To prepare for this review, click the link for the trailer from the film and watch it to give yourself a good idea of some of the reference points contained herein.
Forget any notion of this film as some great Hitchcockian mystery. It's not. One can garner from the trailer that something is not as expected when Nev goes to meet Megan, and using taglines relating this to some great mystery of Hitchcock-level proportions are simply not justifiable. It is also not some grand thriller set amid the stage of "real life"- what Catfish "is" is the real story of Yaniv Schulman and his friendship with a young girl named Abby, which culminates in a surprising yet not-surprising ending that is incredibly moving, and above all else incredibly human. The trailers and reviews which claim the film to be some grand complex mystery or some intense edge-of-your-seat thriller are missing the human element that really makes this film what it is.
The filmmakers, Henry Joost and Ariel Schulman, began documenting the friendship that Nev has with Abby in 2007. From there Nev begins to befriend other members of Abby's family, including her mother and her sister, Megan. Nev enters into something of an unofficial relationship with Megan and, after going to Colorado to make a film about dancing, the three decide to take a trip to Megan's farm in Michigan so she and Nev can meet for the first time.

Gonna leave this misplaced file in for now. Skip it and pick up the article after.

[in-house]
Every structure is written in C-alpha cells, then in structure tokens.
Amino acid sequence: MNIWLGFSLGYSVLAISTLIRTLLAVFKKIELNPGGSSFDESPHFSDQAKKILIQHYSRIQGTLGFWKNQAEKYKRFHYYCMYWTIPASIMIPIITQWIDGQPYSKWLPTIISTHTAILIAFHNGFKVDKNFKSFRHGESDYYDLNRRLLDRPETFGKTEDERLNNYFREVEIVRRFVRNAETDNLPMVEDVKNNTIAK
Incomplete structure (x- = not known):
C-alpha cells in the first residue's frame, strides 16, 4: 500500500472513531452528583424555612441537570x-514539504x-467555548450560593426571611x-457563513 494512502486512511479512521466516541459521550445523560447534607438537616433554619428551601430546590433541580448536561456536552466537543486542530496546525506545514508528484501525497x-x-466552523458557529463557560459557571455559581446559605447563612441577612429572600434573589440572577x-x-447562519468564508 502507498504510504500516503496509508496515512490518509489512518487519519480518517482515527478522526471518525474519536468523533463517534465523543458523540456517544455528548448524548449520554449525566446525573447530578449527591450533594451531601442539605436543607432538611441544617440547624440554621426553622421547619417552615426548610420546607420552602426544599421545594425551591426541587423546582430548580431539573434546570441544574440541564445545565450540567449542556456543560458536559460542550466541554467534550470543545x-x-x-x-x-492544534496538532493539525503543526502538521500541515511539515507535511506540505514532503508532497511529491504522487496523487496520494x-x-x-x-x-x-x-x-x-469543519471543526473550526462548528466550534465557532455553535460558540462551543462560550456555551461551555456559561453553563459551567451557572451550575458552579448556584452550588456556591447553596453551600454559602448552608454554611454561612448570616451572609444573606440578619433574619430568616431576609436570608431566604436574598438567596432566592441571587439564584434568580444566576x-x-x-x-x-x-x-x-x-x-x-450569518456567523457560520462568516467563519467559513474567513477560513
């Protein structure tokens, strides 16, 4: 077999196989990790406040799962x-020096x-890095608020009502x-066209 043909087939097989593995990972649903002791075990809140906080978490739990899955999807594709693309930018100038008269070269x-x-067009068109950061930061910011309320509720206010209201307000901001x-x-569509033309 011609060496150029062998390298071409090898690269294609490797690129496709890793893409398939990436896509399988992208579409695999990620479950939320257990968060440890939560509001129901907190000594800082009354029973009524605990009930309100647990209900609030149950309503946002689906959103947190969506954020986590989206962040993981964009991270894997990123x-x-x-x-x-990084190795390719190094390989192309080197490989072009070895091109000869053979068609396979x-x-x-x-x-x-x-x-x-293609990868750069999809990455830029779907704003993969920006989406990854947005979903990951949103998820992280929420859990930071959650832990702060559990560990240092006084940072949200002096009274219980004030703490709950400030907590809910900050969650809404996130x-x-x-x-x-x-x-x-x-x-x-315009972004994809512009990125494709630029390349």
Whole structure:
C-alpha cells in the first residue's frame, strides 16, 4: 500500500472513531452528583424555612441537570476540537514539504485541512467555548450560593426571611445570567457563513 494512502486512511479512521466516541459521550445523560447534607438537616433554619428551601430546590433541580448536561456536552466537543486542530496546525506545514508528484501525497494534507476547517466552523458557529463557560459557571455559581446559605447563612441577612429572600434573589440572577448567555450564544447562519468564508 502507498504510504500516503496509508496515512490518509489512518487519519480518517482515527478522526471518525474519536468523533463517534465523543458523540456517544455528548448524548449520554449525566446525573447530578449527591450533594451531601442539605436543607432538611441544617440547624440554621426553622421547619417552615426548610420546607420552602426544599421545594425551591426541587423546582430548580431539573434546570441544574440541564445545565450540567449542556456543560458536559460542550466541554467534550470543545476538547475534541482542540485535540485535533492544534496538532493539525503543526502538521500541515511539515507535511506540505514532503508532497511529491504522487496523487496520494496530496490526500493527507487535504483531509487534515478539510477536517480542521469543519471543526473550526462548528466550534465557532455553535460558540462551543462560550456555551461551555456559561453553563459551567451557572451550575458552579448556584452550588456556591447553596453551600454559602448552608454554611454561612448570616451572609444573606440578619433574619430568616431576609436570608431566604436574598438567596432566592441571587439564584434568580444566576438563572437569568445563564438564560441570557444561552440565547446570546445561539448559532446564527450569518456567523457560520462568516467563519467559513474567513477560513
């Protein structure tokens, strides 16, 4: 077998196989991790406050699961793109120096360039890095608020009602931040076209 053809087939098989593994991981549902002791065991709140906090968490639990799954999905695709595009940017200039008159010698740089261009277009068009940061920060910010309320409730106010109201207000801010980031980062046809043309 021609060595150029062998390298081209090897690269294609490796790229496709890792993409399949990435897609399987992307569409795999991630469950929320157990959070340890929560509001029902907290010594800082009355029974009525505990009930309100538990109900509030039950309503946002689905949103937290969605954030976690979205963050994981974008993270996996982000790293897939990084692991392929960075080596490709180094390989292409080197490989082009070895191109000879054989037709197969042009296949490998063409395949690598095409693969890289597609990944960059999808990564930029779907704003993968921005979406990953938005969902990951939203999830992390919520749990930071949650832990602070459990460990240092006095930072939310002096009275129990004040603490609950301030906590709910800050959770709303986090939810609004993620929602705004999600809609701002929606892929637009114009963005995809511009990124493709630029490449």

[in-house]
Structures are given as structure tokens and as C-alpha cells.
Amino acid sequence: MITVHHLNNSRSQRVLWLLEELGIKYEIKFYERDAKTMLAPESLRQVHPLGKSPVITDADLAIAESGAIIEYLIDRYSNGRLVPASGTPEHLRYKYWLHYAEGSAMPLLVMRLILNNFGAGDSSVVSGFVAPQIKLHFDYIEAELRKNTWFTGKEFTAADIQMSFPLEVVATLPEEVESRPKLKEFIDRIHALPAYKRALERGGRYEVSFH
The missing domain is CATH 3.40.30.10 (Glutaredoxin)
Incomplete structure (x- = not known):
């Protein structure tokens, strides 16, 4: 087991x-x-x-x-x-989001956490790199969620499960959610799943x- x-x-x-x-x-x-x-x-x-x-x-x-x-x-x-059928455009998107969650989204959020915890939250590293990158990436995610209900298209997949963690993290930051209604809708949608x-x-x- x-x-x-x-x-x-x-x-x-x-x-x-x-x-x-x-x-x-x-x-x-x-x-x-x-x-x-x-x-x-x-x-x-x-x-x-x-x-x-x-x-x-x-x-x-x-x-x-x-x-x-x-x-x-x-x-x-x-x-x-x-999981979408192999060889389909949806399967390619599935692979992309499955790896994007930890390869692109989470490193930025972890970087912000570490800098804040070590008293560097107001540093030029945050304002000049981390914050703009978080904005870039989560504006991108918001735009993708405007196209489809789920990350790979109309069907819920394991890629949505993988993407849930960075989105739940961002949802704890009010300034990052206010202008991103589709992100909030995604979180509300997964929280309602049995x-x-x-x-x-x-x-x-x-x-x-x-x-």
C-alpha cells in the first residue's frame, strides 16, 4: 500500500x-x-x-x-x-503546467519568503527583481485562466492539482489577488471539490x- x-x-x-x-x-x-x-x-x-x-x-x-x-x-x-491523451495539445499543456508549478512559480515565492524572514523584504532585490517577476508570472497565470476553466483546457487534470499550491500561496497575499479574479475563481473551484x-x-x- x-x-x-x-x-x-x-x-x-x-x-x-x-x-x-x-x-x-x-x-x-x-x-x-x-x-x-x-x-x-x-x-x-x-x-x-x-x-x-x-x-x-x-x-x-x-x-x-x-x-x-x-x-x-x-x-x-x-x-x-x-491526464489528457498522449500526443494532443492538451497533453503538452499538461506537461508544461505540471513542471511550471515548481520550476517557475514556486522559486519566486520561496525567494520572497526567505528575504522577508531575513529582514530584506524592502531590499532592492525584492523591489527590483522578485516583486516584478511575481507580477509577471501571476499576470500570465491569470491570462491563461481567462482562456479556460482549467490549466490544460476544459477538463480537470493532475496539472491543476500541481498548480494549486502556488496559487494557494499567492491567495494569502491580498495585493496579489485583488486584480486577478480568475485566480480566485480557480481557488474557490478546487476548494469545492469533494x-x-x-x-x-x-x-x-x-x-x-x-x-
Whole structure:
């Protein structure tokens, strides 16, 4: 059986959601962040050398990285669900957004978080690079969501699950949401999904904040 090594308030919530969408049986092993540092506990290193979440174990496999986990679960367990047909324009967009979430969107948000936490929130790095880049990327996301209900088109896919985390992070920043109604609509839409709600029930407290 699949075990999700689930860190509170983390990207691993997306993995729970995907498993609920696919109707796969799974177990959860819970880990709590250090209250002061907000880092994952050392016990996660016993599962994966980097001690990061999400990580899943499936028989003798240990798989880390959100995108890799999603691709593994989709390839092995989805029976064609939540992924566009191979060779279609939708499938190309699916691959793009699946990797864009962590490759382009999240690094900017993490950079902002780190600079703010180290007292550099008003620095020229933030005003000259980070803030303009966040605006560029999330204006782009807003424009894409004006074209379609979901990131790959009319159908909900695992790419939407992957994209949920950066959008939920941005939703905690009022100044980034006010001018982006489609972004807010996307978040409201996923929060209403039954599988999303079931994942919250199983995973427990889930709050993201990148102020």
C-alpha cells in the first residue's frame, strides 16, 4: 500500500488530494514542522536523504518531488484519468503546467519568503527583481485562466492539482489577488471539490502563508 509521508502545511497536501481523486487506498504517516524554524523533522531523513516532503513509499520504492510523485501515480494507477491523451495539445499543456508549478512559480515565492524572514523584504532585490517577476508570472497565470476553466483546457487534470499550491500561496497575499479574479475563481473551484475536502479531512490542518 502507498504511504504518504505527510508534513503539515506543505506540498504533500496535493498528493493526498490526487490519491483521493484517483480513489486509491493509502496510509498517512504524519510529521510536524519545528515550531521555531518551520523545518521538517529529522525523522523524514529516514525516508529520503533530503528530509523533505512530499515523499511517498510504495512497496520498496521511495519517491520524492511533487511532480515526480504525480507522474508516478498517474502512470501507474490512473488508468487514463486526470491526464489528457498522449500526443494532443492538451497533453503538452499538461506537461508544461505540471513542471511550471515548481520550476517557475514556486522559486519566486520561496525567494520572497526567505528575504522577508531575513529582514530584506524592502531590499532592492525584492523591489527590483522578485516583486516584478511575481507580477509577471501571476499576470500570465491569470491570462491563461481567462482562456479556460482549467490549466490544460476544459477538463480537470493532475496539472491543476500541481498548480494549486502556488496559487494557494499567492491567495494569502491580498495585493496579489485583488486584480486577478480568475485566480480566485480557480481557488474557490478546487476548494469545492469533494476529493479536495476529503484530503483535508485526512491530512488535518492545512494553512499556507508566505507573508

Ideally, one is reading this review after seeing the film, but if one has read this or any review, then they are already anticipating some grandiose ending that flips reality on its head or completely alters life as we know it. These comparisons are not entirely untrue, but they do more to hurt the film than they do to help it, as they exaggerate the point that the final forty minutes of the film ultimately make.
Ultimately, the point is the humanity within all of us, what lengths we will go to in order to achieve the happiness we seek, and what lengths we will go to in order to feel what it is that we most want to feel in our lives. It is intriguing and it is completely engrossing, and for a short while there is this great anticipation that builds up and up as we wait for Nev and Megan to finally meet to see if those sparks really fly. Upon reaching that point, there is no more anticipation- it is as if there never was. It is hard to realize that the beginning and ending of Catfish are really the same movie, and if not for the enduring presence of Nev and the two filmmakers, they really might not be. Things are not always what they appear to be, and sometimes the road of life leads one in a direction they never thought possible. It is how we react to these situations- indeed, how we live them day to day- that defines us.
Don't go to Catfish expecting to see some expertly-crafted thriller or mystery story. Go expecting to see real people in real situations that lead them to unexpected places. Along the way they learn something about themselves in a way they likely never anticipated- and when one leaves the theater, they may walk away with the same thing.
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